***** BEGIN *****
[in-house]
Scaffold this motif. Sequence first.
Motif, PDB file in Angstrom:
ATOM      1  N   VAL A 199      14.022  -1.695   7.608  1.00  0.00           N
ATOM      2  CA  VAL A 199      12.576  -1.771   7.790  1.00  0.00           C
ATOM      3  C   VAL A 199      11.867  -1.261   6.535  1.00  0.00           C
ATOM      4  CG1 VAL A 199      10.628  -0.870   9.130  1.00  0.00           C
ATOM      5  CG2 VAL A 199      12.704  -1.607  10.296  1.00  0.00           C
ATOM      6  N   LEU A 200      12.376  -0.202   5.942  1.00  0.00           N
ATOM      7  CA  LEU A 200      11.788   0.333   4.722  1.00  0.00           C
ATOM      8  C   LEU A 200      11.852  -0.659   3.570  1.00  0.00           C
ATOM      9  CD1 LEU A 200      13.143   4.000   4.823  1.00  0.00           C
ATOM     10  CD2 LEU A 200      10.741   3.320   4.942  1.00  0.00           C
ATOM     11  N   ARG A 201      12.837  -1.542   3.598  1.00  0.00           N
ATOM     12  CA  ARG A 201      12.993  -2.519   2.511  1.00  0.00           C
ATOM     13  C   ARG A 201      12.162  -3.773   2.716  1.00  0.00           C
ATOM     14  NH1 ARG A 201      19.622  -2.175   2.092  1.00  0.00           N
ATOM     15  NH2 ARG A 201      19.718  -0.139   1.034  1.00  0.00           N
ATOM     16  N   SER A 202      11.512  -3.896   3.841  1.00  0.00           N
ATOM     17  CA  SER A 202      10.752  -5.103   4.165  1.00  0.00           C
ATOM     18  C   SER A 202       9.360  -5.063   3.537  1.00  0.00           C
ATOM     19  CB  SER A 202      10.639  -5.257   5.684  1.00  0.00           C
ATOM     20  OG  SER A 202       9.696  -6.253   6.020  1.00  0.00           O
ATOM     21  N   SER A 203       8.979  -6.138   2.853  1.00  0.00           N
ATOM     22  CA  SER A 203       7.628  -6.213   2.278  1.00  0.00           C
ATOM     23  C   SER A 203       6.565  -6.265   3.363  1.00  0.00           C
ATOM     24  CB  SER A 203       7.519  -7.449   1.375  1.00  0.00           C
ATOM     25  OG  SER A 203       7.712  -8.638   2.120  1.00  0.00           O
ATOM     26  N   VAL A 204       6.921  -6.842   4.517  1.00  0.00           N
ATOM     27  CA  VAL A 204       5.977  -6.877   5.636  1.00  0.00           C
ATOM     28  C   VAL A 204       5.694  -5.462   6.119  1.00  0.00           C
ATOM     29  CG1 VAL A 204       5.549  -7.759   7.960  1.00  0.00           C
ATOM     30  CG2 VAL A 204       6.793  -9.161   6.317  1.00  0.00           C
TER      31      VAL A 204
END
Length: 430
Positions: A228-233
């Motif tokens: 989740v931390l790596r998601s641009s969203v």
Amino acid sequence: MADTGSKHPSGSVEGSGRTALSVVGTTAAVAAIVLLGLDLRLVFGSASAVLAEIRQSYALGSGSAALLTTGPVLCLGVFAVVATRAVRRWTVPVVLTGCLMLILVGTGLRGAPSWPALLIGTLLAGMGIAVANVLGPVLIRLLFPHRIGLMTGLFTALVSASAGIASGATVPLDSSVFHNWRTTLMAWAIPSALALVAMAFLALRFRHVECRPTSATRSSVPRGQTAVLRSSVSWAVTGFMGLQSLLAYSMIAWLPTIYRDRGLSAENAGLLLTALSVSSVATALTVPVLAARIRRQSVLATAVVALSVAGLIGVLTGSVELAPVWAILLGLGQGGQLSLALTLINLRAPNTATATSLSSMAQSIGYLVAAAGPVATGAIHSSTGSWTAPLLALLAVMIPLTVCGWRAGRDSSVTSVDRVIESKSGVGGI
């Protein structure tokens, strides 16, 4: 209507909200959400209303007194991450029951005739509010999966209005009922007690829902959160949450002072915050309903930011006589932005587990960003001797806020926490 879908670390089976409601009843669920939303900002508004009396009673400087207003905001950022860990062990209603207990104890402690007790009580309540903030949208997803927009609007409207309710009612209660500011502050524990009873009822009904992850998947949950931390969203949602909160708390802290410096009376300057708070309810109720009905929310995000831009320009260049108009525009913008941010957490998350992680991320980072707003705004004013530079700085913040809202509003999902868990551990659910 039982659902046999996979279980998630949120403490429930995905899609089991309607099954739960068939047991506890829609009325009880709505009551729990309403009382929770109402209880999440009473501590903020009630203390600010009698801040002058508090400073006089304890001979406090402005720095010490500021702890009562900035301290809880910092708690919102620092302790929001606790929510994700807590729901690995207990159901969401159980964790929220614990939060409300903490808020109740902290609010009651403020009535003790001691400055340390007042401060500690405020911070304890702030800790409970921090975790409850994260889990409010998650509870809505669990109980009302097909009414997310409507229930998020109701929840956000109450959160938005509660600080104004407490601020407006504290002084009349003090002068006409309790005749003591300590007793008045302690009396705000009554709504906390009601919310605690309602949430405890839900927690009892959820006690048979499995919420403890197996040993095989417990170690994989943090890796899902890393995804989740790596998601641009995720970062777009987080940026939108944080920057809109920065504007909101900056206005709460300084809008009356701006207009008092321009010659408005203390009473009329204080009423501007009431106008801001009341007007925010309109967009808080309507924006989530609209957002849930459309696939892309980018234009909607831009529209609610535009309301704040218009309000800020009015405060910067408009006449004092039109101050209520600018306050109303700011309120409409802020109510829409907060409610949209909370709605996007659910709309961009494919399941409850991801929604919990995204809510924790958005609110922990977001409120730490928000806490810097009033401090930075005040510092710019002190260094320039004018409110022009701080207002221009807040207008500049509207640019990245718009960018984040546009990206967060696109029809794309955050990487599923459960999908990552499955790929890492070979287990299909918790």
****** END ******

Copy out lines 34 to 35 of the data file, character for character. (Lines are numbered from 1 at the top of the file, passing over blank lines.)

TER      31      VAL A 204
END